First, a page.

Is Tampa Bay heading for another real estate bubble?


What you probably won't hear, except in a whispered voice, is: bubble.

With prices rising again, no one likes to think the market could be destined for a repeat of the boom-to-bust catastrophe that cost millions of people their homes.

Yet one research and consulting firm says a data-based analysis it conducted of the Tampa Bay metro area shows another bubble could be forming.

"You've got to be very cautious,'' says Hogan E. Copeland III, chairman of Smithfield & Wainwright in Ponte Vedra Beach. "You've got a lot of speculation in the market right now, a lot of flipping of homes.''

According to reports released Thursday, year-over-year sales of single family homes in Tampa Bay shot up 21.6 percent in April with average prices increasing 13.3 percent. That continued a monthslong streak of rising prices that has brought joy to Realtors and sellers.

But Copeland warns that focusing on sales alone can create a rosier picture of a market's health than actually is the case. A more accurate way of valuing residential properties is to also factor in how much they could rent for and what it would cost to replace them.

Using Smithfield & Wainwright's three-pronged approach to valuation, Tampa Bay's real estate market suddenly looks a little less fantastic.

Ideally, all three measures — sales, rental income and replacement cost — should move in fairly close range of each other. That was the case in Tampa Bay from 1991 to 2000, a graph prepared by the firm shows.

In 2001, the lines started to diverge, with cost and rental income still fairly close together while the sales line began to go up. By 2006 — the peak of the boom — it was so high in relation to the other two that its precipitous drop in 2007 created what "looks like a shark's fin,'' Copeland says.

As the economy struggled to recover from the Great Recession, the sales line actually dipped below the other two from 2010 to 2012. But two years ago, it started to rise again, and now is drawing up and away.

Of course, as the graph also shows, the bay area's real estate market isn't nearly as over-valued as it was eight years ago. But a Tampa appraiser who works all over Florida's west coast sees cause for concern.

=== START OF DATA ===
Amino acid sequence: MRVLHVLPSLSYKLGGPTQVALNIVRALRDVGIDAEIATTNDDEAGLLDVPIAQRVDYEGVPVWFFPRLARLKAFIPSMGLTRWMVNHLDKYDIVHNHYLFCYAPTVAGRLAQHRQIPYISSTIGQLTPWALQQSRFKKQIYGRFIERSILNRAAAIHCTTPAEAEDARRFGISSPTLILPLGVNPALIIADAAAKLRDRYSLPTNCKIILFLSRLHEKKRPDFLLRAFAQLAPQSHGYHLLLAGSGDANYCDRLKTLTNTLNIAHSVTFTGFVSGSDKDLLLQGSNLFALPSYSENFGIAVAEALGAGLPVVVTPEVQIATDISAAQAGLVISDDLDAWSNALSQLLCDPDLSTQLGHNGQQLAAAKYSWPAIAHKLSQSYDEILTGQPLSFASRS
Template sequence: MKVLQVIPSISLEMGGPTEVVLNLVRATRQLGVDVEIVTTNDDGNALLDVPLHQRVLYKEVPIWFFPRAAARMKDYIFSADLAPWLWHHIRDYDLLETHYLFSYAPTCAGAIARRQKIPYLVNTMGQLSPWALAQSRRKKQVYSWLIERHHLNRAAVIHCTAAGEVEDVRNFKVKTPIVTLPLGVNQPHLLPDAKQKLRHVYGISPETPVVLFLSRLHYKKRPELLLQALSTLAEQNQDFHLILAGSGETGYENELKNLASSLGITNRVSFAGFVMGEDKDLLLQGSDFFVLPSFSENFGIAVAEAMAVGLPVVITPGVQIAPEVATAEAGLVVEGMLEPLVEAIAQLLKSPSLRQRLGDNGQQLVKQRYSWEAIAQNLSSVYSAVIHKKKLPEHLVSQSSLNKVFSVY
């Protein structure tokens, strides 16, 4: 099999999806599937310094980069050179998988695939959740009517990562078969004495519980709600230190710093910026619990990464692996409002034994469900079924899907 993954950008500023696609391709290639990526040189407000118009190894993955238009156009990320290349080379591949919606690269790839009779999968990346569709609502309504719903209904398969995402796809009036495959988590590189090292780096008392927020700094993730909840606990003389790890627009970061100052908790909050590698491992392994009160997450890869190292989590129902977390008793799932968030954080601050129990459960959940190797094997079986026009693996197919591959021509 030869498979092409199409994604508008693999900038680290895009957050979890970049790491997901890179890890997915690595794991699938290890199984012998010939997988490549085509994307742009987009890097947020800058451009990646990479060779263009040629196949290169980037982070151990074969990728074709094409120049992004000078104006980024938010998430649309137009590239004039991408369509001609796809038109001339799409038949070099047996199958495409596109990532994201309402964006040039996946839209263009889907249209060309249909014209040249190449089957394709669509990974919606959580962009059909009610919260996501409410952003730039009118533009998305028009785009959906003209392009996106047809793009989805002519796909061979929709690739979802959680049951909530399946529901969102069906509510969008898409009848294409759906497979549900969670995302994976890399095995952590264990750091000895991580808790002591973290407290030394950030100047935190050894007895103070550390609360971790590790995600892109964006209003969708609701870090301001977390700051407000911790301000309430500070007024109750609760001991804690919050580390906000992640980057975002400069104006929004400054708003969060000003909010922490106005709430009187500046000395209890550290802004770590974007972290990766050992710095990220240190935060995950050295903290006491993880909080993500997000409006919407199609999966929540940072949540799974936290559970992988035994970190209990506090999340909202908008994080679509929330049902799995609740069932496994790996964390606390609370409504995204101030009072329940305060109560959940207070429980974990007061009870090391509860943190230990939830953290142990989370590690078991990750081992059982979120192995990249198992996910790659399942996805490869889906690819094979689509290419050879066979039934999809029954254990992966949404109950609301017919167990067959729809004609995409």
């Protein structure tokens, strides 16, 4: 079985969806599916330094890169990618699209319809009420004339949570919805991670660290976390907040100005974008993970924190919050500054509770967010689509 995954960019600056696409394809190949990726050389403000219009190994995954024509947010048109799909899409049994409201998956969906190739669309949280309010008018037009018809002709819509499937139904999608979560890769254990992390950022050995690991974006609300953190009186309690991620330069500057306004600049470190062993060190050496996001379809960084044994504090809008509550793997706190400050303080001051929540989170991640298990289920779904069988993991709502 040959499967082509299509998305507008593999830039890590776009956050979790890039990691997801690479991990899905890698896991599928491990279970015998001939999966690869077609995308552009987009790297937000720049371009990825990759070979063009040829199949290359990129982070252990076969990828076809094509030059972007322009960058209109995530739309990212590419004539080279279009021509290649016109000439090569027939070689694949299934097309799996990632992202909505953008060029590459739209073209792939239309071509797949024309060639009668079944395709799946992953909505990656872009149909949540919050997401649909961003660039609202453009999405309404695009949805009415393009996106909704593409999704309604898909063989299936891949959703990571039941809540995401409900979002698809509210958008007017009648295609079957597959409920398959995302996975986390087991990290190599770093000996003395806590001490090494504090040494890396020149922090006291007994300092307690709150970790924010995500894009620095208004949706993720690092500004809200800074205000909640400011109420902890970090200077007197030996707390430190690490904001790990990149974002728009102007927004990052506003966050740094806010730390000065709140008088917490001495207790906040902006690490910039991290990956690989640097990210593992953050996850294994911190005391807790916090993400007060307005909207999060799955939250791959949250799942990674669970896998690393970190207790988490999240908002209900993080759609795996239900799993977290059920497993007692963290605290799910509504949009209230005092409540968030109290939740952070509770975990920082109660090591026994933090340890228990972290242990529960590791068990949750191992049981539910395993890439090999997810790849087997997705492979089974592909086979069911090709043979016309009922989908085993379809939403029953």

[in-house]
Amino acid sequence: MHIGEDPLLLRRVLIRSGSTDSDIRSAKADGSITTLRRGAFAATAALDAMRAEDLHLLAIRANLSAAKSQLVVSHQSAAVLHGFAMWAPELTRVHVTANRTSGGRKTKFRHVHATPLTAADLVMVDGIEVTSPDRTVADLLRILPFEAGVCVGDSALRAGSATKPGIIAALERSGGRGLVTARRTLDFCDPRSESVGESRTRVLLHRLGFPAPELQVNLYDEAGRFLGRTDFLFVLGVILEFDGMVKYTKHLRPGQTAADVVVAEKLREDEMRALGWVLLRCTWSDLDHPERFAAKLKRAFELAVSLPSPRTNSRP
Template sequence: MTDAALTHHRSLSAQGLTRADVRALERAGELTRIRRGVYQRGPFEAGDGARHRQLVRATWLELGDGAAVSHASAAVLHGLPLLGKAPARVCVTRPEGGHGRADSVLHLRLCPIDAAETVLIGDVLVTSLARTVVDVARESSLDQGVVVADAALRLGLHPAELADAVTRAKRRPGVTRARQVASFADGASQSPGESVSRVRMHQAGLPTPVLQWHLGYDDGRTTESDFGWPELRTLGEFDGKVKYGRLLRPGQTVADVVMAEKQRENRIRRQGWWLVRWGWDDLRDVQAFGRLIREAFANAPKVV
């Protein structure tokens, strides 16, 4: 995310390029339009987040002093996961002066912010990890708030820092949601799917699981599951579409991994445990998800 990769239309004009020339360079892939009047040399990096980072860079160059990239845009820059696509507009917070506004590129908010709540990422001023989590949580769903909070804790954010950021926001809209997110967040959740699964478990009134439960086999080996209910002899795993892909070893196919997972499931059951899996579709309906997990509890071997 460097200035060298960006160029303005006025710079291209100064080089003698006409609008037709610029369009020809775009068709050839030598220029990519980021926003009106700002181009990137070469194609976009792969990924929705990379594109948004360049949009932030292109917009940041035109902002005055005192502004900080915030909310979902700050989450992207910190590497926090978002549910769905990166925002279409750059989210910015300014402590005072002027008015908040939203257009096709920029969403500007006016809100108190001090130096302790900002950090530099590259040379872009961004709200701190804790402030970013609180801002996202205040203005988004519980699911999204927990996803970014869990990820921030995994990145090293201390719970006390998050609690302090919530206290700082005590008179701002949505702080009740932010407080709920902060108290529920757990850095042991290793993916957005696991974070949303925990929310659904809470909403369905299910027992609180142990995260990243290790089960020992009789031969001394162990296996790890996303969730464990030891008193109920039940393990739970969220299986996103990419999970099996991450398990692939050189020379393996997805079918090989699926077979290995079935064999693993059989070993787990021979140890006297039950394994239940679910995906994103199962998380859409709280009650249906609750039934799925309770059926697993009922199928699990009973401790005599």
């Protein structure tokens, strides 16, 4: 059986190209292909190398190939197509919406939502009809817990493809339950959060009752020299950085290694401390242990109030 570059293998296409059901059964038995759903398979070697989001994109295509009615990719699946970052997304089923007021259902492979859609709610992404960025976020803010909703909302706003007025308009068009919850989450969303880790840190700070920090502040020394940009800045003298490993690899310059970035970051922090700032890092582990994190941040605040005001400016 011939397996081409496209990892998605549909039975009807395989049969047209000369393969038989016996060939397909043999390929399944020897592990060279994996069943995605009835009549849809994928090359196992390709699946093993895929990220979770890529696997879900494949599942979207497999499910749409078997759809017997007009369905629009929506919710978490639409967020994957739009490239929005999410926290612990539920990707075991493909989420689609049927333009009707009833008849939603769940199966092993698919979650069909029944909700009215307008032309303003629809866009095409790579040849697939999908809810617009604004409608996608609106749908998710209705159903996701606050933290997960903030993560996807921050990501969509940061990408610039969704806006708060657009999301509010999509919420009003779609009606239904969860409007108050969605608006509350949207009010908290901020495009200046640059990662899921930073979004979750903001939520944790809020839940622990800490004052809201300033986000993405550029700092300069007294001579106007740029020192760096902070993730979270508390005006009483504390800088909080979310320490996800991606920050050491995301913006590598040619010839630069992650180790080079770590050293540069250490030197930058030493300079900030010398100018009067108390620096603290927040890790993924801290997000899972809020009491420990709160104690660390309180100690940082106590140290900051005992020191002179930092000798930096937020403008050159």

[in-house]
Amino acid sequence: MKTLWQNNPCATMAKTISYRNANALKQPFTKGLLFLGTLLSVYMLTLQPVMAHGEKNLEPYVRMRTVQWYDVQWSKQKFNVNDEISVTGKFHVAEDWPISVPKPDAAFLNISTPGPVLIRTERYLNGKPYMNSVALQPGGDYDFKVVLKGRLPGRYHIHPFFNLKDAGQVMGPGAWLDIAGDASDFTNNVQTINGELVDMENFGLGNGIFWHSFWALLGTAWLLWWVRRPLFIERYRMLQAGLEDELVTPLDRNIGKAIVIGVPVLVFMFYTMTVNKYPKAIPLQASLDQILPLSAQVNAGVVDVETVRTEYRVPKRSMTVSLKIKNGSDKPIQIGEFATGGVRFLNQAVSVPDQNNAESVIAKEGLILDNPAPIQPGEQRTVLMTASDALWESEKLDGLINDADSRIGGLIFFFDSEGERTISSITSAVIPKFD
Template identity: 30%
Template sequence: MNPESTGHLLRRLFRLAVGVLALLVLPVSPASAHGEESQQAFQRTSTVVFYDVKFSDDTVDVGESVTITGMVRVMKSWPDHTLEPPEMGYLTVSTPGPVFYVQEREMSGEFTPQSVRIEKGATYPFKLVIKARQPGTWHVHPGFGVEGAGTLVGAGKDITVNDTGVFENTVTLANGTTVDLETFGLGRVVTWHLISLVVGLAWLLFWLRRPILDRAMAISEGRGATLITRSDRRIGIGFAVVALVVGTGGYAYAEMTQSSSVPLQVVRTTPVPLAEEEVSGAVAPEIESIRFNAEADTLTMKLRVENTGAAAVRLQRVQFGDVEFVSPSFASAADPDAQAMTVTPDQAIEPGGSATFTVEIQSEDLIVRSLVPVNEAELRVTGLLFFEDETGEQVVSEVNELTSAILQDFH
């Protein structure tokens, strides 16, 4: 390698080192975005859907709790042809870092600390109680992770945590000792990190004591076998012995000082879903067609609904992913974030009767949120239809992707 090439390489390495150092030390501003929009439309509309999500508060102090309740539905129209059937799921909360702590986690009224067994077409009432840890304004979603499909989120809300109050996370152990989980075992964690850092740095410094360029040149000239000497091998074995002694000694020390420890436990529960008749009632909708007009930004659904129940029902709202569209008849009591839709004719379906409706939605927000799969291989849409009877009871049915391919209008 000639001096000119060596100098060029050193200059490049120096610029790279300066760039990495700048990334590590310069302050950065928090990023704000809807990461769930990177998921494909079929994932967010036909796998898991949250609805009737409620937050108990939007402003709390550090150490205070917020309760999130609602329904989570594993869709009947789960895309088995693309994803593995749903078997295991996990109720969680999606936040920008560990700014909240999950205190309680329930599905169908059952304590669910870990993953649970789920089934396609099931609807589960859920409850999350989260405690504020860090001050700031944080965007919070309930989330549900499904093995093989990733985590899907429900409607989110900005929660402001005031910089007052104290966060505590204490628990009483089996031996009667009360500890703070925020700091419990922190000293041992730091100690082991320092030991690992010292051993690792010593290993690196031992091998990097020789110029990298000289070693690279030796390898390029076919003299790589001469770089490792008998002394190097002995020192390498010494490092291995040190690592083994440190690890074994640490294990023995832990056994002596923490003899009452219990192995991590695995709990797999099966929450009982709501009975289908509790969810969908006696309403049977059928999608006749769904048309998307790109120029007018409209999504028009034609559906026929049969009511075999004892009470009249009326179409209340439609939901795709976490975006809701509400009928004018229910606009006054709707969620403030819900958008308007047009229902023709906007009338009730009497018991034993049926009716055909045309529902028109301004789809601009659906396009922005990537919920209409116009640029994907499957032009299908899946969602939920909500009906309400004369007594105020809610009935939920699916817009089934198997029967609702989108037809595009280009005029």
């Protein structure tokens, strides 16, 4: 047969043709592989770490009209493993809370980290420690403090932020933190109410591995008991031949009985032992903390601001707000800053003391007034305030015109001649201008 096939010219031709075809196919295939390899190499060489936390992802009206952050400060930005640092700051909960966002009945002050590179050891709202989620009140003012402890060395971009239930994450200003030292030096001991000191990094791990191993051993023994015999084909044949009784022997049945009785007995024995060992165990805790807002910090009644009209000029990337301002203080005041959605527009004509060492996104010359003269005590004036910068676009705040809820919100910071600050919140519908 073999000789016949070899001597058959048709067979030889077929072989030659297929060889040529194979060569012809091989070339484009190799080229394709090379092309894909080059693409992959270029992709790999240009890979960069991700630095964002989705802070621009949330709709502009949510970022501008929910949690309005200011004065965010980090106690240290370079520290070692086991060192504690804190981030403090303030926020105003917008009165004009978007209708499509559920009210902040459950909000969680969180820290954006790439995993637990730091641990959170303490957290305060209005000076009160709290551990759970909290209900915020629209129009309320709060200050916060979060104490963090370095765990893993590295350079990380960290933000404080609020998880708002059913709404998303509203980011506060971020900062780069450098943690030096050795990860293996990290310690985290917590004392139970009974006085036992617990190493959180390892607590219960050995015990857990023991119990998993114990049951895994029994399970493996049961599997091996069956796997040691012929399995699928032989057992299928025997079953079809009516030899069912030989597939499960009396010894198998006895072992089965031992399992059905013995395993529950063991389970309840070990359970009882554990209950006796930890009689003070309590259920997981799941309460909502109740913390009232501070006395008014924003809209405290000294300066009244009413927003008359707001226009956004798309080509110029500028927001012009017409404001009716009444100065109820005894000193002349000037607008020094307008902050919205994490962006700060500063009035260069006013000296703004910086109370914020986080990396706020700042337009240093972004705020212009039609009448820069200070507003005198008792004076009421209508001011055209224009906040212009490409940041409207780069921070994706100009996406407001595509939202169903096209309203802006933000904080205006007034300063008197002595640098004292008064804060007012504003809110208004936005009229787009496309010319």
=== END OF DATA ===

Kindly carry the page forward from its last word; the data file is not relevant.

"The sharp price rises in some areas is a little scary,'' says Joani Herndon, former chair of the Florida Real Estate Appraisal Board.

Herndon says downtown St. Petersburg's condo market is "on fire'' — five condos sold for more than $1 million in April alone — and that demand is hot, too, for newer homes near Tampa's downtown.

"In South Tampa, builders can't find enough (vacant) lots so they're sending people door-to-door to try to get folks who've lived in those homes for years to sell,'' Herndon said. "A perfect example — I grew up in Sunset Park and never ever thought that lots not on the water would sell for tear-downs. Now they're doing it all day long.''

In March, a builder paid $475,000 for Herndon's childhood home and knocked it down. Now a 5,300-square-foot house is rising on the lot at a price of $1.6 million.

"It's like what's going on on Snell Isle,'' Herndon says of the upscale area near downtown St. Petersburg where five small homes on one street alone were torn down to make way for million dollar mansions.

Despite such pockets of huge price increases, Tampa real estate agent Mary Pond finds prices overall to be rising at a relatively conservative rate compared to the boom years. She also thinks that tighter lending standards will help prevent another bubble.

"The mortgage industry is still very cognitive of their (past) loaning practices and they're not out there whimsically giving loans to people that don't deserve them, which was a big factor in the bubble,'' said Pond, a veteran agent who has been through boom, bust and now recovery.

Using the automated valuation system it developed, Smithfield & Wainwright has found other areas of the country to be more vulnerable to a bubble than Tampa Bay. Especially at risk are the District of Columbia and a number of states out west — Montana, Wyoming, Oregon and Utah — that are drawing people from California because of the high cost of living there.

"Florida statewide is okay, but in different areas like Miami there could be problems,'' said Copeland, whose firm helps banks and hedge funds determine the true value of their real estate portfolios.

Founded in 2007, Smithfield & Wainwright bases its system on inflation-adjusted sales and rental data from the federal government and on replacement cost data from a private company, Marshall & Swift, that works closely with the construction industry. The three types of data, when combined, give a more "independent and unbiased measure'' of market values than sales alone, Smithfield & Wainwright said in a study presented to Congress this spring.

By focusing solely on rising prices during the boom, banks and investors "largely failed to question the intrinsic value of the real estate-linked assets in which they had a massive investment,'' the study said. "Perpetually increasing and non-sustainable real estate prices ultimately imploded, contributing to the near-collapse of the nation's financial system in 2008.''

Herndon, the Tampa appraiser, likes Smithfield & Wainwright's three-pronged approach.

"Those types of statistics are tests of how reasonable market value is,'' she said. But, she added, buyers are also key in creating value.

"You have to have a buyer that's willing to pay a price."